All-trans retinoic acid inhibits the proliferation of SGC7901 cells by regulating caveolin-1 localization via the ERK/MAPK signaling pathway
- Sumei Zhang
- Rui Shi
- Shaolong Chen
- Xiang Wei
- Qing Zhou
- Yuan Wang
Published online on: November 29, 2017
Copyright: © Zhang et al.
This is an open access article distributed under the terms of Creative Commons Attribution License.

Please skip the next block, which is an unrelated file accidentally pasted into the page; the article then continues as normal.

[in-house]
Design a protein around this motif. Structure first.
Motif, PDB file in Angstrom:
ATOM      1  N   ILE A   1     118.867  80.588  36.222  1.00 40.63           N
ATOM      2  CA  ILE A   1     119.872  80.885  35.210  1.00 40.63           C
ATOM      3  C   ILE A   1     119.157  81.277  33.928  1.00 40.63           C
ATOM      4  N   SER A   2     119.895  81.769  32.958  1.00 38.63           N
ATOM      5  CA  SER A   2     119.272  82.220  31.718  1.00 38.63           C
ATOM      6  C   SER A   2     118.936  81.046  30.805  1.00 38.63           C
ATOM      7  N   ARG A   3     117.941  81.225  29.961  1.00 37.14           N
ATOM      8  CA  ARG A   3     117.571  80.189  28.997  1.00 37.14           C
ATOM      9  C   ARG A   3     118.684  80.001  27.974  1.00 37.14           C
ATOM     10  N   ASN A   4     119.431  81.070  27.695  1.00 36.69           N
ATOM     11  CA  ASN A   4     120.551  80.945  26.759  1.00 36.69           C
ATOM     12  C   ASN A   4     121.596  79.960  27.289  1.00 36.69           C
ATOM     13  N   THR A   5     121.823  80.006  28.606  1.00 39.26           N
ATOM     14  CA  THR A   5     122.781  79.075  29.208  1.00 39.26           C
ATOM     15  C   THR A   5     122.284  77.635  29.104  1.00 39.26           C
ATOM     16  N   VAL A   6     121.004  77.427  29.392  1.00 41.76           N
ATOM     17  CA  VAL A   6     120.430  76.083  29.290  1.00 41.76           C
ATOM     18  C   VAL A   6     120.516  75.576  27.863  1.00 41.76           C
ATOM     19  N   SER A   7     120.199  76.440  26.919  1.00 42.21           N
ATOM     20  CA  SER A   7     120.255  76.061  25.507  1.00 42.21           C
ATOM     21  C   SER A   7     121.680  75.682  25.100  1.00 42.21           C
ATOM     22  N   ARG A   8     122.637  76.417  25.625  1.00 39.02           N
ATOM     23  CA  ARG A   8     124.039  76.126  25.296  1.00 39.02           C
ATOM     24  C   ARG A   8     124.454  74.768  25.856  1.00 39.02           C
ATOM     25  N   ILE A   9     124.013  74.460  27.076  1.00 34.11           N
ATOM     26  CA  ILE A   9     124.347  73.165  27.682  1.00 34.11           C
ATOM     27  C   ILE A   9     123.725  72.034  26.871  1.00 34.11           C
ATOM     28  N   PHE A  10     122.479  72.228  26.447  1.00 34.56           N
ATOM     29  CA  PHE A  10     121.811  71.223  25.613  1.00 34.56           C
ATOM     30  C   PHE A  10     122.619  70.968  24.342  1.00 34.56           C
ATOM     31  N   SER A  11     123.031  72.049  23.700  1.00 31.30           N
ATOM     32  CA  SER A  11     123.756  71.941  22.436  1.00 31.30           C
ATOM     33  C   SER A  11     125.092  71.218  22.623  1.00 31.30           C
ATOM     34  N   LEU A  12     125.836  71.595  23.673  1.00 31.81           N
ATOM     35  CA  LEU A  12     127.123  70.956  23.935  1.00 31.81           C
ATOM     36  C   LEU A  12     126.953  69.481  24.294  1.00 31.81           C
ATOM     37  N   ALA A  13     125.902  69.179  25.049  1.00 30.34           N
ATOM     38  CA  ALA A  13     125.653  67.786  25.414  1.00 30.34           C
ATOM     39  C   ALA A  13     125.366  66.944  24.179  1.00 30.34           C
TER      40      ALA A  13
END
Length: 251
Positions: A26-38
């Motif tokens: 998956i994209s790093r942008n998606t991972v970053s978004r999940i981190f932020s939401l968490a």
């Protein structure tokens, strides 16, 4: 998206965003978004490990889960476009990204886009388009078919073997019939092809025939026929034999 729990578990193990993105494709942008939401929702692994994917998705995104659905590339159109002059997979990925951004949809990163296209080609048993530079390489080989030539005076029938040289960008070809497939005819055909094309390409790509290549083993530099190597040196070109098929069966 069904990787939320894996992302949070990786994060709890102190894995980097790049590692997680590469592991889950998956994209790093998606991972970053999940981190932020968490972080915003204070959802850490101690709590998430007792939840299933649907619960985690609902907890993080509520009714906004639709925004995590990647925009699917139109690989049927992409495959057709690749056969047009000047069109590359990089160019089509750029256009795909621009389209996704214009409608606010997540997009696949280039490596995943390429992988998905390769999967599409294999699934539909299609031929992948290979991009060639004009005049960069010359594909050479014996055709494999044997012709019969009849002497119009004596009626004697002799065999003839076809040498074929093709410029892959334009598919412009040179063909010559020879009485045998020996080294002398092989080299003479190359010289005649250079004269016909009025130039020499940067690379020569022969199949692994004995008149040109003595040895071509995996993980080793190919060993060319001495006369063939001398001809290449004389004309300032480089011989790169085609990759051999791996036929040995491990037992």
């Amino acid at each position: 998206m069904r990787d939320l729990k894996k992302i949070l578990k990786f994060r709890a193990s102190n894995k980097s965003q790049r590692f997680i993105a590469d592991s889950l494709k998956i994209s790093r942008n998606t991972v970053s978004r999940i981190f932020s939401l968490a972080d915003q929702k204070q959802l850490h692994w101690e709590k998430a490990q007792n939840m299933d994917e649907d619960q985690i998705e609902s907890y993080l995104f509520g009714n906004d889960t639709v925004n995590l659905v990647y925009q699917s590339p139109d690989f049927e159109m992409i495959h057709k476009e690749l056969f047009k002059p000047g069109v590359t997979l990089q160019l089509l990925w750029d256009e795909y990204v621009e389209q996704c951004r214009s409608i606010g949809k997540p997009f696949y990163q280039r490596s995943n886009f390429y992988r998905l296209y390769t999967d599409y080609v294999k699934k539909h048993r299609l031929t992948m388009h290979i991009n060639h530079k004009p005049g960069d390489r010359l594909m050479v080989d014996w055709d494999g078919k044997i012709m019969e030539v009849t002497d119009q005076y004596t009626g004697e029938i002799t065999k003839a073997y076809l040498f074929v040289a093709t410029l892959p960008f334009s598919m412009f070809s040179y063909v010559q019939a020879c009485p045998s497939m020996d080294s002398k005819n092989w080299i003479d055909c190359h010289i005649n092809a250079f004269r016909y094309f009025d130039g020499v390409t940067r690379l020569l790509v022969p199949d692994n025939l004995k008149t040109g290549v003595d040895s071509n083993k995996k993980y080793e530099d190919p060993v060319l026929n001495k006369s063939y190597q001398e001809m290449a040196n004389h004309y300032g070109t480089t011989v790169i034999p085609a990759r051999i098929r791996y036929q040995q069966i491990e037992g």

Caveolin-1 is a scaffold protein of caveolae in the mucosa of the gastrointestinal tract and acts as a tumor modulator by interacting with cell adhesion molecules and signaling receptors. Caveolin-1 stabilizes cell-cell and cell-matrix contacts and is a hallmark of a number of different types of human cancer, including gastric cancer. All-trans retinoic acid (ATRA), a derivative of vitamin A, has been demonstrated to exhibit tumor inhibitory effects in acute leukemia and certain types of solid tumor. In the present study, treatment with ATRA was demonstrated to inhibit the proliferation of gastric cancer cell line SGC7901, in a time- and dose-dependent manner. The markedly increased membrane localization of caveolin-1 was observed in the cells that were treated with 10 µmol/l ATRA for > 48 h. In addition, it was observed that treatment with ATRA was able to regulate the level of phosphorylation of extracellular signal-regulated kinase (ERK). Therefore, the SGC7901 cells were treated with a specific agonist of ERK/mitogen-activated protein kinase (MAPK) investigate whether ATRA mediated its effects via the ERK/MAPK signaling pathway. The results of the present study demonstrated that ATRA-induced increase in membrane localization of caveolin-1 was reversed by treatment with a specific agonist of ERK/MAPK. Together, these results suggest that ATRA exhibits anti-gastric cancer effects. ATRA may regulate the membrane localization of caveolin-1 in order to inhibit the proliferation of SGC7901 cells. These effects of ATRA may be mediated by inhibiting the activation of ERK/MAPK signaling pathway. These results contribute to the current knowledge on the potential use of ATRA as therapy for solid tumors and provide further insight into the potential molecular mechanisms of ATRA action.